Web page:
From Valmiki, Tulsidas and Ramanand Sagar to Rama

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Nationalism does not just survive on twisting history. It also coopts mythology to suit its agenda.

On 5 August, the government plans to lay the foundation stone of a temple in the name of the Hindu god Rama at the site where the Babri masjid once stood. This has immediately sparked two new controversies. Some Buddhist groups have claimed that the remnants of a Buddha Vihara were found at the site of the mosque as it was being levelled to build the temple. The Supreme Court has rejected the public interest litigations that sought to excavate and preserve these artefacts.

Perhaps Ayodhya’s archaeological truths will forever remain buried, whether or not they are of Buddhist origin. The other controversy was started by the Prime Minster of Nepal KP Sharma Oli, who has claimed that “Ayodhya”, the place where Rama was born, is in Nepal’s Birgunj district and not in the northern province of Uttar Pradesh in India. The timing of his remark is such that he was criticised even in Nepal. His office clarified later that there was no intention to hurt religious sentiment.

Yet this is not the first time that claims and counter-claims have been made around Rama and the geographical sites that could correspond to places described in the epic Ramayana. When the government of Maharashtra started publishing the collected works of BR Ambedkar in the 1980s, there were protests against his book, “Riddles of Rama and Krishna”. Ambedkar has critiqued Rama, whom many Hindus revere, for killing Bali, a popular king in the epic. Bali was killed from behind a tree by Rama. Similarly, Shambuka, who is described as a Shudra ascetic in the Ramayana, was killed by Rama for breaking the rules in attempting penance (tapasya). Rama’s treatment of Sita is also criticised by Ambedkar, for forcing her to go through a literal trial by fire and for her banishment.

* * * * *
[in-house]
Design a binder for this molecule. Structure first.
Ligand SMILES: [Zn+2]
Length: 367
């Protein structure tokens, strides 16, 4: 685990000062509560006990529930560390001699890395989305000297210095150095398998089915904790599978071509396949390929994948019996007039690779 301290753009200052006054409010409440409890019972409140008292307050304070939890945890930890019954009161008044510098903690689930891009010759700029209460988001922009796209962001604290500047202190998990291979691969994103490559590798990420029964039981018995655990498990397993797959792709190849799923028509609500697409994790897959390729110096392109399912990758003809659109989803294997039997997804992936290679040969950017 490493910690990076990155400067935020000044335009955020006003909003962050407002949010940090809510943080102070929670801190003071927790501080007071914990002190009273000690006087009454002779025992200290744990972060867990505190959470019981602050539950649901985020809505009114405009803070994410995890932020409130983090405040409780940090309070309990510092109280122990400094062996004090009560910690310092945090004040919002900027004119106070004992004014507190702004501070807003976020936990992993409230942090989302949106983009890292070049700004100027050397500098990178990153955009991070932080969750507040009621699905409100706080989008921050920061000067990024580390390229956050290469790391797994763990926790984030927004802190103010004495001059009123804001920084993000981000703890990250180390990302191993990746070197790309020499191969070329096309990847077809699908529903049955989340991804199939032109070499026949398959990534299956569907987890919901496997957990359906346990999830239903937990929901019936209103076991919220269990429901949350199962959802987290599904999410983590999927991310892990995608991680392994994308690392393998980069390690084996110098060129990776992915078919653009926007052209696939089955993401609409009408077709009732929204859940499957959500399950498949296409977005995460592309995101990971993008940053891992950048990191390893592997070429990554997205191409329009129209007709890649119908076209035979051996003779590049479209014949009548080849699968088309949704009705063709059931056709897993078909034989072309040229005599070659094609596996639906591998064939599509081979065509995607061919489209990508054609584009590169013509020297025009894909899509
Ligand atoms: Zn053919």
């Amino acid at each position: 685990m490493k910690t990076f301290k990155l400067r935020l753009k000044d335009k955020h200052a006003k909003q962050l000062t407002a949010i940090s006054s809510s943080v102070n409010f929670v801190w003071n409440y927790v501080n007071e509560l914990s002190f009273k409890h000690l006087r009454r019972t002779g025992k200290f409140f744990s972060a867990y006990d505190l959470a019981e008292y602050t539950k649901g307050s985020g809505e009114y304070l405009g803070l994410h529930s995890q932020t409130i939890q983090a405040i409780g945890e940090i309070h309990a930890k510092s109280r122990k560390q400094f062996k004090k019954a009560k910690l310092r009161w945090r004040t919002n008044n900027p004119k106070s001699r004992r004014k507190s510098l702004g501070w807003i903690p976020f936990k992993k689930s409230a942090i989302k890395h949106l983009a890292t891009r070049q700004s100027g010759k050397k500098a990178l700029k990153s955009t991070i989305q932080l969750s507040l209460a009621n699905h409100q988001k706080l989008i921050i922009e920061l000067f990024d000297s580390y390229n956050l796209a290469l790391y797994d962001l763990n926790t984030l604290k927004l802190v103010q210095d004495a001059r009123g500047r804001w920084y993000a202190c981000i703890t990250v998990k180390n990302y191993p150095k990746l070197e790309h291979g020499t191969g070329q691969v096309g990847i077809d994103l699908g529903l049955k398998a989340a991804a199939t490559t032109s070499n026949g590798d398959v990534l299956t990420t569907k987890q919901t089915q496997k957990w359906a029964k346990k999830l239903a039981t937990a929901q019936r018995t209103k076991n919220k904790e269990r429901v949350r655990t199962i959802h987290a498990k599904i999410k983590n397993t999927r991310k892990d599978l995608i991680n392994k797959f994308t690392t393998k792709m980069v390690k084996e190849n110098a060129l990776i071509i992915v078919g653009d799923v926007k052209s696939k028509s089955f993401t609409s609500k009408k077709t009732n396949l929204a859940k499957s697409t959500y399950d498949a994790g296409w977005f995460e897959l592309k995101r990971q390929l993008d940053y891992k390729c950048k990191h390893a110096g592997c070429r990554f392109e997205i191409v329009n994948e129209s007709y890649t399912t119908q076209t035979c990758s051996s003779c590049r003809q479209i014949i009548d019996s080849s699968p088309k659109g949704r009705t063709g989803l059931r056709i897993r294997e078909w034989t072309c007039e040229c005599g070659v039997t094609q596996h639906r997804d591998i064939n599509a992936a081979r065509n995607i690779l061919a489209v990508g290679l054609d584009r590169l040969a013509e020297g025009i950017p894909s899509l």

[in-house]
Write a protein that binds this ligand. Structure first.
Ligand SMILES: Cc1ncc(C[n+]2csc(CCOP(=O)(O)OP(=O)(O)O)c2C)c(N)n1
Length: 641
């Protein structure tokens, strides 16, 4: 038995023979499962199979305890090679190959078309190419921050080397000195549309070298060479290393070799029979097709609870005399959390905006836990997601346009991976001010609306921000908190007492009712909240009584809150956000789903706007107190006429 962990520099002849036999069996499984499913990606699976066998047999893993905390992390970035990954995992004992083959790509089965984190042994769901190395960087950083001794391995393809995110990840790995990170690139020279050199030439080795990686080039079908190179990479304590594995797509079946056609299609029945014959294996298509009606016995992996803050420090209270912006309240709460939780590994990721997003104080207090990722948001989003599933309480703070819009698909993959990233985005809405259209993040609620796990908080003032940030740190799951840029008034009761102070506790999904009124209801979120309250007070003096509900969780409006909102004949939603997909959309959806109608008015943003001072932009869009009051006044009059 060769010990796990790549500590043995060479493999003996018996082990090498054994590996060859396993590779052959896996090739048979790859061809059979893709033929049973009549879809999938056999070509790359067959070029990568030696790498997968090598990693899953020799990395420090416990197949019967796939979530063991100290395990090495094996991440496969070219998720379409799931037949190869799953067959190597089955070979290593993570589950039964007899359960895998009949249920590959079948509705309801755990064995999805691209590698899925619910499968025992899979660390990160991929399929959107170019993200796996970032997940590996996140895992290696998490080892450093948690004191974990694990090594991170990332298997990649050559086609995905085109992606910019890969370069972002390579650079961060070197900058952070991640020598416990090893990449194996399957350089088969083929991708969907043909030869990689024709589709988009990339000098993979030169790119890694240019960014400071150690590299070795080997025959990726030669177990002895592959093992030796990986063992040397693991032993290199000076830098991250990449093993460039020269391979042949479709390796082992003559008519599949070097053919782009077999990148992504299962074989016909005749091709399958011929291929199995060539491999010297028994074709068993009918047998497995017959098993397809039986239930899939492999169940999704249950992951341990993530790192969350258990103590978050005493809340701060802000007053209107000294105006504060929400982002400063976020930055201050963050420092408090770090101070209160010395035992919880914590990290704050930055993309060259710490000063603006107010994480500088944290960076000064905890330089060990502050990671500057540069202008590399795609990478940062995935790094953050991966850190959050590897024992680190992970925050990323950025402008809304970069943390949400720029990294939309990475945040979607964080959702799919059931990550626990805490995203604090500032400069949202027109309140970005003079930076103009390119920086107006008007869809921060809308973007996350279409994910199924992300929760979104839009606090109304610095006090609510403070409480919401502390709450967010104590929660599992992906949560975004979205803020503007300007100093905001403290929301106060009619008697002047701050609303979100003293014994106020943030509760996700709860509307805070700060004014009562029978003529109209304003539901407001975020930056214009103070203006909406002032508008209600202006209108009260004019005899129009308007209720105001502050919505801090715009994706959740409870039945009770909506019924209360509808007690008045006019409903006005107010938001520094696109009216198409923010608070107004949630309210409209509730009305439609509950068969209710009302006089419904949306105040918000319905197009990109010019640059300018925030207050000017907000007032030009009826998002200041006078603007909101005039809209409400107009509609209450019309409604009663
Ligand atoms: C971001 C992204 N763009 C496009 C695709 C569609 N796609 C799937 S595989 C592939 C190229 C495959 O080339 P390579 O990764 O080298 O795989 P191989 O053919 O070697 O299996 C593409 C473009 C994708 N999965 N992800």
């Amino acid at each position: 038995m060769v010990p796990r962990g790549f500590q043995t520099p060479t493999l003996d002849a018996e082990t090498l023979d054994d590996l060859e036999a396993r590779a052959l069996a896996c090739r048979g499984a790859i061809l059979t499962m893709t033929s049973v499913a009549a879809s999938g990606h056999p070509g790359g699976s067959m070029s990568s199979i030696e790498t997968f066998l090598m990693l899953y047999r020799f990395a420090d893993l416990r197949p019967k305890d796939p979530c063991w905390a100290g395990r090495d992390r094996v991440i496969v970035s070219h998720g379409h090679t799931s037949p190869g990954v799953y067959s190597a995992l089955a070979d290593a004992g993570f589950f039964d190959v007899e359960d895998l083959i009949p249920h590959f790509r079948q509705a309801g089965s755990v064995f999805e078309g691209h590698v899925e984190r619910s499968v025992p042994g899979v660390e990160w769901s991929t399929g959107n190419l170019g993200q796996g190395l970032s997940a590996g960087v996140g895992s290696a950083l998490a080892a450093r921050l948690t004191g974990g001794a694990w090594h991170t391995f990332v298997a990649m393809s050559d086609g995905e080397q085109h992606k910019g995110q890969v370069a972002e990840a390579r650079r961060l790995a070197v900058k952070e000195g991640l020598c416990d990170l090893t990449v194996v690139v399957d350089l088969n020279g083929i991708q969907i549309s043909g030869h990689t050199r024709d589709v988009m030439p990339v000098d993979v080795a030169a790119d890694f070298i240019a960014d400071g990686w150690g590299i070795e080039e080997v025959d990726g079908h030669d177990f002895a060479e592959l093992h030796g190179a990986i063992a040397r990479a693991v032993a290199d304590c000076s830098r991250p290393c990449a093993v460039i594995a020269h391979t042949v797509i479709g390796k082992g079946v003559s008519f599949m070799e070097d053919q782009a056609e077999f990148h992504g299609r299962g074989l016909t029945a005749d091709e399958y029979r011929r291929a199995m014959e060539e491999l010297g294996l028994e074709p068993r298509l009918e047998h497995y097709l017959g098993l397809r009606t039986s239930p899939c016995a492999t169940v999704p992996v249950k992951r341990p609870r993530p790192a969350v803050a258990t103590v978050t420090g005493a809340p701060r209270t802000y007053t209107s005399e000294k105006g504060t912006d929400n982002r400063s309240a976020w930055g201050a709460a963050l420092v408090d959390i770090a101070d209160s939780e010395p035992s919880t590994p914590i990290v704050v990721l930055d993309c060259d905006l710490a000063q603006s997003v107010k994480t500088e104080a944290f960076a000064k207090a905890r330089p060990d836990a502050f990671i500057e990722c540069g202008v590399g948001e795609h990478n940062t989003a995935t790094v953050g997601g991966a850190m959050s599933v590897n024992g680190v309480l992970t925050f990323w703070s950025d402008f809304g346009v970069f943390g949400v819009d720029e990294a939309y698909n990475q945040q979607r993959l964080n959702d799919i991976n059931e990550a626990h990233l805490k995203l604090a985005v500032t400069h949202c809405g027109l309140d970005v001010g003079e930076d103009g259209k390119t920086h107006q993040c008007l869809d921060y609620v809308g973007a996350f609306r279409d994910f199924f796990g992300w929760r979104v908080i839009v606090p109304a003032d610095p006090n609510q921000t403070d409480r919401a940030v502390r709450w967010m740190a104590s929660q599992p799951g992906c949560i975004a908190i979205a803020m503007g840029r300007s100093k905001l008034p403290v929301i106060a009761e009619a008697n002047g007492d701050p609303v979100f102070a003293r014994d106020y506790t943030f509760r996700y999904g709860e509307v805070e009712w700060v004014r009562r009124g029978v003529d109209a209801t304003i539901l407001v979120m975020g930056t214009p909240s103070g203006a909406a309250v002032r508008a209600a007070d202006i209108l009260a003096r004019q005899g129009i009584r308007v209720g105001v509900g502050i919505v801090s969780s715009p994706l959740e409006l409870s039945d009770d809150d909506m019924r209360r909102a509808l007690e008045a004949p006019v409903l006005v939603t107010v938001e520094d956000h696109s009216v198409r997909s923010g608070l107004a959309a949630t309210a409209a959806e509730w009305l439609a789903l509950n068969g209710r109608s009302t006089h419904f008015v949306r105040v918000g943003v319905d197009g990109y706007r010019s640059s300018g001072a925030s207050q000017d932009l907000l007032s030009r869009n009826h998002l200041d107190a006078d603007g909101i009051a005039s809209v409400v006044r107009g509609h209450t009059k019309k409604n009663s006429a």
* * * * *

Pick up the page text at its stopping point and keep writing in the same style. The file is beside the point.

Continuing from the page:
Incidentally, before Ambedkar, Jotirao Phule also had underlined the manner in which Bali was killed. Bali was a king whose subjects were described as happy with his rule. Periyar, father of the Dravidian movement, wrote the “True Ramayana” which highlighted these aspects of Rama. Periyar opposed the caste and gender-based discrimination that is inherent in the most popular versions of the Ramayana. According to Periyar, the story of the Ramayana was a thinly-disguised historical account of how caste ridden, Sanskritic, upper caste North Indian Rama subjugated South Indians. He identifies Ravana as the monarch of ancient Dravidians. Ravana abducted Sita, Rama’s wife in the epic, primarily as revenge against the mutilation and humiliation of his sister Shurpanakha. In his interpretation Ravana is a practitioner of Bhakti and a virtuous man.

In 1993, after the demolition of the Babri mosque an exhibition was mounted by the Safdar Hashmi Memorial Trust or SAHMAT in Pune, but it was vandalised. The apparent trigger was a panel which was displayed in the exhibition which showed the Buddhist Jataka version of the mythology. In it, Rama and Sita are depicted as brother and sister. In this version they belonged to an upper caste clan which to maintain caste purity did not marry outside the clan. Just a few years ago, ABVP, the student wing of the RSS, had campaigned for withdrawal of AK Ramanujan’s essay, “Three hundred Ramayans and Five Examples”. The essay showed how there are many versions of the Ramayana and most of them differ as far as geographical and other details are concerned.